Indian researchers, in collaboration with the Natural History Museum in London, have found a new species of burrowing, non-venomous snake that has smooth, shiny scales.
The species remained misidentified and stashed among museum specimens for a long time before scientists thought it might be distinct. To confirm their doubts, they looked in the wild – and unlike many museum finds that are extinct by the time they are discovered, this one still existed. And it continues to do so in the semi-evergreen forests of the Western Ghats of India.
Ecologists have mapped Asian elephants in the Indian state of Karnataka down to the smallest forest administrative unit. The detailed map, which shows where elephants exist inside and outside protected areas, could help conservation planning and minimize human–elephant conflicts.
Karnataka has the largest population of Asian elephants (Elephasmaximus) in India. But recent decades have witnessed increased pressure on their habitat and clashes between people and the jumbos. A detailed map of elephant distribution is crucial to understand where humans should get priority, where elephants should and where they can coexist. Yet, there is no microscopic map of Asian elephants anywhere.
An international consortium of researchers has created a catalogue of proteins that build the human tissues and organs, pinpointing which proteins are present where and at what levels. The catalogue will help in new drug development.
Part of the Human Protein Atlas project launched in 2003, the catalogue also pictures proteins in individual cells and generates an open source database of 13 million images.
To profile proteins the researchers examined 44 human tissue and organ samples using a technique that exploits antigen–antibody interaction. The antigen here is a protein in the sample and antibody a reagent that binds to the protein.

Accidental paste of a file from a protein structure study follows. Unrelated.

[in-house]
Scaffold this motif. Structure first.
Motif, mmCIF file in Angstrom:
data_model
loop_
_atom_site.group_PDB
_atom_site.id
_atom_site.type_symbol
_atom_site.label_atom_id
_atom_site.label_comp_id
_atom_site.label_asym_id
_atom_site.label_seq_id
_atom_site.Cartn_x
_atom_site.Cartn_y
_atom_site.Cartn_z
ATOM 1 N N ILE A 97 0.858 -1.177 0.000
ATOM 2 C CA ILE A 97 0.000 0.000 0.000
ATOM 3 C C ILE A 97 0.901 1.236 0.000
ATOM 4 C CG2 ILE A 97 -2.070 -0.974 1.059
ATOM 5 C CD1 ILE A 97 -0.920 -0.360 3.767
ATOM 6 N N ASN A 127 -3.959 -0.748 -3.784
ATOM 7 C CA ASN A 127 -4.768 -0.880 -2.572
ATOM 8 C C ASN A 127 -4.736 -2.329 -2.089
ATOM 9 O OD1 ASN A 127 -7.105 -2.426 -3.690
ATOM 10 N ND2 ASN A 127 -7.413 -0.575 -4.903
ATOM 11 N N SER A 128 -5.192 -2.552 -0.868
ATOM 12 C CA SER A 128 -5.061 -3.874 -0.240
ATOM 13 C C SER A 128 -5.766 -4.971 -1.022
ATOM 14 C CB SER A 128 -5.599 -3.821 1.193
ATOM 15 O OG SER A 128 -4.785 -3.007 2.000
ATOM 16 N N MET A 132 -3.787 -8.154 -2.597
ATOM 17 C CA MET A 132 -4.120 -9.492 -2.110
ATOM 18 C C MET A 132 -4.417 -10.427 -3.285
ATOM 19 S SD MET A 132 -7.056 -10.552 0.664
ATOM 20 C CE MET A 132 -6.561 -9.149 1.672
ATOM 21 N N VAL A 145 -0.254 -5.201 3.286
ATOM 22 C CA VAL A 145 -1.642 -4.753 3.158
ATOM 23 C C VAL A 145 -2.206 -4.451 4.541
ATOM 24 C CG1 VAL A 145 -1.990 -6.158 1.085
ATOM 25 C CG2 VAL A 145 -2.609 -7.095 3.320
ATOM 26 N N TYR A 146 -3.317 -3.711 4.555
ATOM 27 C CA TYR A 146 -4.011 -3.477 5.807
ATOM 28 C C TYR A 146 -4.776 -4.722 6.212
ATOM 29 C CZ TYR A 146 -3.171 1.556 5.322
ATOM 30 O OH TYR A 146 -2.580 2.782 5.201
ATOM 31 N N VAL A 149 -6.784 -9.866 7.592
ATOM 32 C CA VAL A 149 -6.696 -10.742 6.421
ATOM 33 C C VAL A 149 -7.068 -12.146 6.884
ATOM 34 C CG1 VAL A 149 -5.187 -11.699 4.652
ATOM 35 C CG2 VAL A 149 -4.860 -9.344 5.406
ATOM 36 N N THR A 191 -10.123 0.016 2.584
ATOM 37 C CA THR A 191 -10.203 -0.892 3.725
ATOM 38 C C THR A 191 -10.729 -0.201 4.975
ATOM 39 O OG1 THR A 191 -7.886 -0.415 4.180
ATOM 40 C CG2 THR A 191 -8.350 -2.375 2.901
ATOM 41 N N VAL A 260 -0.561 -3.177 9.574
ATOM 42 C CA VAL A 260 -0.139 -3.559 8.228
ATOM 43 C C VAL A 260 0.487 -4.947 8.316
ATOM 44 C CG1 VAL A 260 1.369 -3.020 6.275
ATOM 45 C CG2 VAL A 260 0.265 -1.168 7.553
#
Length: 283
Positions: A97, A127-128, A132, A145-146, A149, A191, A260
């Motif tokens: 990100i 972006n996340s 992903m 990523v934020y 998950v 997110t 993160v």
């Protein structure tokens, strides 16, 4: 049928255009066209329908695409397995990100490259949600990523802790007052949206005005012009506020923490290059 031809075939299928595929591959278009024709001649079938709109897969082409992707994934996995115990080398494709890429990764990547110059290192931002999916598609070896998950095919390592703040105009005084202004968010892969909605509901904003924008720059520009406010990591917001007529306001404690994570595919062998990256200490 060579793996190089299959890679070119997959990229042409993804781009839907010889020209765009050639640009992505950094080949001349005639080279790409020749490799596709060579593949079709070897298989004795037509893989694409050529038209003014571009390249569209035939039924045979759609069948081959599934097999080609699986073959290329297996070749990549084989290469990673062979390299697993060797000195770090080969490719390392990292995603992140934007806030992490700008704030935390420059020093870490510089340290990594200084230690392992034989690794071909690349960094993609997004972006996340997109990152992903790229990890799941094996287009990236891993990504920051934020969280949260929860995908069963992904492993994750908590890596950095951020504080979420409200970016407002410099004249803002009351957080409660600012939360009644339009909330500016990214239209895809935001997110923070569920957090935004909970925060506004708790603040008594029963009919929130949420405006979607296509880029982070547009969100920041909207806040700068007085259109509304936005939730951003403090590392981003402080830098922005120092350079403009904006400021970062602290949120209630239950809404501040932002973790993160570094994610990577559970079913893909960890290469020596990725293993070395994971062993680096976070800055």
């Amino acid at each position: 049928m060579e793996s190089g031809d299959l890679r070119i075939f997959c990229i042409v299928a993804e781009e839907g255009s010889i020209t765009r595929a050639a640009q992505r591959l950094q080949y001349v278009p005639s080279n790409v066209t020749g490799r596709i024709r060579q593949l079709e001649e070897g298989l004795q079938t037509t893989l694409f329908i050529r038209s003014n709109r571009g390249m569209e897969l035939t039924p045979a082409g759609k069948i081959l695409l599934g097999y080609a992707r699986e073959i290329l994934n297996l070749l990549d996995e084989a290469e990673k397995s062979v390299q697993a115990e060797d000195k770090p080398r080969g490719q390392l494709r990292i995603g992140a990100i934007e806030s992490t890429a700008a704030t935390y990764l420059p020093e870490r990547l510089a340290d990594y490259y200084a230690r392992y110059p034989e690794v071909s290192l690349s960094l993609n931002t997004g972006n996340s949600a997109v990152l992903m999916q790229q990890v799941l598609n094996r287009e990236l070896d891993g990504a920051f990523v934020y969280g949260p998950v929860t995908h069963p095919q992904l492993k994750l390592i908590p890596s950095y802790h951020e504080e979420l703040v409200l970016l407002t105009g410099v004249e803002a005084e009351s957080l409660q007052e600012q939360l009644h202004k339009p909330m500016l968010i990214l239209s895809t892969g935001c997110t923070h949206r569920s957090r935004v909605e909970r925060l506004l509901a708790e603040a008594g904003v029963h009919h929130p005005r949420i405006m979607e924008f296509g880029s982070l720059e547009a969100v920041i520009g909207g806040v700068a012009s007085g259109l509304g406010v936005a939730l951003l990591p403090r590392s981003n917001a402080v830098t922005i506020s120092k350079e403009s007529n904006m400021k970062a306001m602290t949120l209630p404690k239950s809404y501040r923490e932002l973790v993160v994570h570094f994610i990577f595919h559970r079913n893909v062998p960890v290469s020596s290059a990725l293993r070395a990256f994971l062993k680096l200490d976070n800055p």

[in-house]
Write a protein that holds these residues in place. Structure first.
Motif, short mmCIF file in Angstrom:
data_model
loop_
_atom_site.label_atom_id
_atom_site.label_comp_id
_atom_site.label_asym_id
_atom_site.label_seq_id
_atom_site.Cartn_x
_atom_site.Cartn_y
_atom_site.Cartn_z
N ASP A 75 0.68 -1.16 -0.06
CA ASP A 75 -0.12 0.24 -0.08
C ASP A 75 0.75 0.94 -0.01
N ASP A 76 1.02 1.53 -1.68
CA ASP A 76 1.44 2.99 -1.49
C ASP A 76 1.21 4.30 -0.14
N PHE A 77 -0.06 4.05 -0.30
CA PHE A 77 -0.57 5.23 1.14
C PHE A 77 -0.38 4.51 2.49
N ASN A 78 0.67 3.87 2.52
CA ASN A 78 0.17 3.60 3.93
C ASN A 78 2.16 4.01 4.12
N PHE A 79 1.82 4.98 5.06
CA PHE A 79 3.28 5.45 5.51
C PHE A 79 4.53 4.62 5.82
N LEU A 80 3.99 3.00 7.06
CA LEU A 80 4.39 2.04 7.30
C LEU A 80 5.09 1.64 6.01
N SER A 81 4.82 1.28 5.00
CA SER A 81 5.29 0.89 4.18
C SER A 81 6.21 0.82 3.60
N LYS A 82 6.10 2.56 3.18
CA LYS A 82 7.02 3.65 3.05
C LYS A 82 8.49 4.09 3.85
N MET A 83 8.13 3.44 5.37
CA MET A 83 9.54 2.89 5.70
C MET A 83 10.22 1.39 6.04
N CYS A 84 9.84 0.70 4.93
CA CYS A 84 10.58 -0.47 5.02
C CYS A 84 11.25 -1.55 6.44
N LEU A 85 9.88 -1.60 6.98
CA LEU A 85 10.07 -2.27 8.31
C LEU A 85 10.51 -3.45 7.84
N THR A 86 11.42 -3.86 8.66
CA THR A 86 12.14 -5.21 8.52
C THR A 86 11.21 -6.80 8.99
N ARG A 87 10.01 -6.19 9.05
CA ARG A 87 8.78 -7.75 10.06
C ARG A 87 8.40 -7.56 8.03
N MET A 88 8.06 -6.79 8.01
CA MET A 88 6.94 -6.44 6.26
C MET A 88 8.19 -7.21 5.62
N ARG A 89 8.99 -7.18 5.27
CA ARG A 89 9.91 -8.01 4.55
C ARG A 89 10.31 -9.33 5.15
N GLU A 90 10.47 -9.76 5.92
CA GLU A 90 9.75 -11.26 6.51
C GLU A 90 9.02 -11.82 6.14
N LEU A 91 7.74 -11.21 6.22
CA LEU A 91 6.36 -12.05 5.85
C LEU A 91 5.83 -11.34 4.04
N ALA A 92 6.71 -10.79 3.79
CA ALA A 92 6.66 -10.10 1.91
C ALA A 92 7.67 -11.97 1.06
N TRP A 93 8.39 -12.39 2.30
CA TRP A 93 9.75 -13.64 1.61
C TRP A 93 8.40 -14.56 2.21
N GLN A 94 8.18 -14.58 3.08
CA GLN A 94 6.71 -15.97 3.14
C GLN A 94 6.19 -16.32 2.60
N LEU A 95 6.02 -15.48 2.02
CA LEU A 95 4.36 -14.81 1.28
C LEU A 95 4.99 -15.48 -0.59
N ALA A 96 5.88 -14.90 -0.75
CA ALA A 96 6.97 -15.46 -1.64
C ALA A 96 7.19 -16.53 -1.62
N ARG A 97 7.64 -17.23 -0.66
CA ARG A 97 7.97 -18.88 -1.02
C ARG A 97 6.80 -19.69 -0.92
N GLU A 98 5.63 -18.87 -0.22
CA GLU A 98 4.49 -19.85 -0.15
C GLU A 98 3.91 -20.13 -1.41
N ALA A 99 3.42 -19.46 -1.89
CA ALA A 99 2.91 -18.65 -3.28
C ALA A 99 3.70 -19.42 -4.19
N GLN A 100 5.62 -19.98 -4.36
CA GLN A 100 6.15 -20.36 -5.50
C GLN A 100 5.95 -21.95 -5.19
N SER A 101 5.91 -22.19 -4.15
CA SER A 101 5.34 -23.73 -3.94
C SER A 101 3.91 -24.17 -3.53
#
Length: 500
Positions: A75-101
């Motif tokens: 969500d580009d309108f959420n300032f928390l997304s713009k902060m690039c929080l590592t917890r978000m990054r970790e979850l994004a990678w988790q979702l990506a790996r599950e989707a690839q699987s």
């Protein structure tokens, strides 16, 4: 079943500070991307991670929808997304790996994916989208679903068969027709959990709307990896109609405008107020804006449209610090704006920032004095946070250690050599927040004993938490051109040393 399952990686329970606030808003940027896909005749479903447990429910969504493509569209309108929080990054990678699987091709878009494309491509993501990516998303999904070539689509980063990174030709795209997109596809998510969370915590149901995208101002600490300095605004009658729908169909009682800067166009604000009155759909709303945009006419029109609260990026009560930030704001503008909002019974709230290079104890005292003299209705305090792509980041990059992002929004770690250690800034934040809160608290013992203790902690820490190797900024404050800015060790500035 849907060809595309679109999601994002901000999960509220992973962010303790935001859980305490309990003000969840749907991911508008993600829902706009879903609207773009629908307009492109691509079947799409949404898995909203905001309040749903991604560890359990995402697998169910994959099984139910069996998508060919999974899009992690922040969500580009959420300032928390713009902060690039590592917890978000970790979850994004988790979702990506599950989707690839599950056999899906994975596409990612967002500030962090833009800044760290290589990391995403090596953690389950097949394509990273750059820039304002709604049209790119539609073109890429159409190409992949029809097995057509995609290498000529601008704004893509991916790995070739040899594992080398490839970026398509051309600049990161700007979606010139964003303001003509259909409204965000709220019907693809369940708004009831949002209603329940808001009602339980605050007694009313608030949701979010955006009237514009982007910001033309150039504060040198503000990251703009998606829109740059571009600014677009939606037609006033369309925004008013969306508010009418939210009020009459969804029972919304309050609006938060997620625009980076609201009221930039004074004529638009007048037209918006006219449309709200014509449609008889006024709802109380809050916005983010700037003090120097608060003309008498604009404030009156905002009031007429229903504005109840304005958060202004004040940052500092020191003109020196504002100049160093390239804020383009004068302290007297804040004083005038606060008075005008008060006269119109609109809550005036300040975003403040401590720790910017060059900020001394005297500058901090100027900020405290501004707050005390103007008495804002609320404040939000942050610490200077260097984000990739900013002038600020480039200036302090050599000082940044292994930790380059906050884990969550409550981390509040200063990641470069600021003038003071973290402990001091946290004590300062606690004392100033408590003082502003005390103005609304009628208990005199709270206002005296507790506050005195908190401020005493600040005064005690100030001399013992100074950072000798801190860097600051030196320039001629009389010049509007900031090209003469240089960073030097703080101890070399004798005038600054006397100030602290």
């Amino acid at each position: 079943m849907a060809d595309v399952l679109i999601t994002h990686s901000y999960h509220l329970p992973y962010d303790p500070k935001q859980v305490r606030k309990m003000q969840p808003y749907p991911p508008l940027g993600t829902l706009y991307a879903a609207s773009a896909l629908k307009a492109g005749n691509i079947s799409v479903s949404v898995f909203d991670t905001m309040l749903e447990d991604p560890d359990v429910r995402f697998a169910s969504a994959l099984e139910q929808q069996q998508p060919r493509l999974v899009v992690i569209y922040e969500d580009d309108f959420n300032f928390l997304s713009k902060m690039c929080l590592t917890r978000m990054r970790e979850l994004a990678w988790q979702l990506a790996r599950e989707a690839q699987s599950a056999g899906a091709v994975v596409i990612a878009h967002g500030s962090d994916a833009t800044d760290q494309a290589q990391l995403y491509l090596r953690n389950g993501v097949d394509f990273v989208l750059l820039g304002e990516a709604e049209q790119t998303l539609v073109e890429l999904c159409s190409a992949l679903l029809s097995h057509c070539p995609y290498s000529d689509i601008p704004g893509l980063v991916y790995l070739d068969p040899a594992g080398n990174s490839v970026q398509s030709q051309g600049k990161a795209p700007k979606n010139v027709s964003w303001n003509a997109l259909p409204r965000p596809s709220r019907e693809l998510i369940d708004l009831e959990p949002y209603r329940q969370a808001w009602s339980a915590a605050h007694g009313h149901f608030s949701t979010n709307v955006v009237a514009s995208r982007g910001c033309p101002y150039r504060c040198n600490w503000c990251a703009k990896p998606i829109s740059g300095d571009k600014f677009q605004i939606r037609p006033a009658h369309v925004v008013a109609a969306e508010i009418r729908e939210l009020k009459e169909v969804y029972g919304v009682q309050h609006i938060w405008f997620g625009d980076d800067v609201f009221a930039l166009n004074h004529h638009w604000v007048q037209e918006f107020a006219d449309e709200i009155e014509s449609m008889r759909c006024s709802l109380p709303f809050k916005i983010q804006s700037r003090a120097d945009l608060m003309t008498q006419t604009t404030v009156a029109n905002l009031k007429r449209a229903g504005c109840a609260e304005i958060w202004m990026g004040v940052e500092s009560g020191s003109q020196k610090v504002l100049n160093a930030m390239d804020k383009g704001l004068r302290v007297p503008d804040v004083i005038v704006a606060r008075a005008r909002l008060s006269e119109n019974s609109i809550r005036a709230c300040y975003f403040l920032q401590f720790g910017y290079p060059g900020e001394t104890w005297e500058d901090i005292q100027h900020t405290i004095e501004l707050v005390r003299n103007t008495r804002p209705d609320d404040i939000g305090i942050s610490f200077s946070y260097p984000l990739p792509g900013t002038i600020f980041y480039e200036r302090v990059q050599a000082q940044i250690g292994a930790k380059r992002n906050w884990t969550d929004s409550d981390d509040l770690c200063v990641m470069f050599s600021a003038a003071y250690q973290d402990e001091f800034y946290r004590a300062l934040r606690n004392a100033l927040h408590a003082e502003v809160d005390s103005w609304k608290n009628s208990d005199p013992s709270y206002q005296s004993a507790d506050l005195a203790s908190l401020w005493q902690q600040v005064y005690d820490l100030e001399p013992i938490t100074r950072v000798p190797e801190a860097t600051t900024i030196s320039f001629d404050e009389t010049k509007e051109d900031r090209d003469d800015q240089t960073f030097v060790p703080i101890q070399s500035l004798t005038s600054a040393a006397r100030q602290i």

Since antibody reagents were available only for a handful of proteins, the team had to make scores of reagents in-house to be able to spot every protein. There are 20,000 odd protein-coding genes, some of which code for more than one. In all, they deployed 24,028 reagents corresponding to proteins coded by almost 17,000 genes…
A single injection of inactivated poliovirus vaccine (IPV) could boost the immunity of children already vaccinated with multiple doses of live oral poliovirus vaccine (OPV), new research suggests.
A combination of the two vaccine types in routine immunisation programmes could help achieve global eradication of poliovirus, the researchers say. OPVs are cheaper and easier to administer but the intestinal immunity they provide against the virus weakens after a while. Children vaccinated with OPV can still spread the virus through faeces.
An international team of researchers has now tested the efficacy of IPV in boosting intestinal immunity of OPV-vaccinated children. In clinical trials conducted in the Moradabad district of Uttar Pradesh, they tested stool samples of nearly a thousand infants and children vaccinated multiple times with OPV. The children were divided into random groups and given either bivalent OPV (bOPV), containing type 1 and type 3 polioviruses, or IPV. A third group (the control) was not given any vaccine.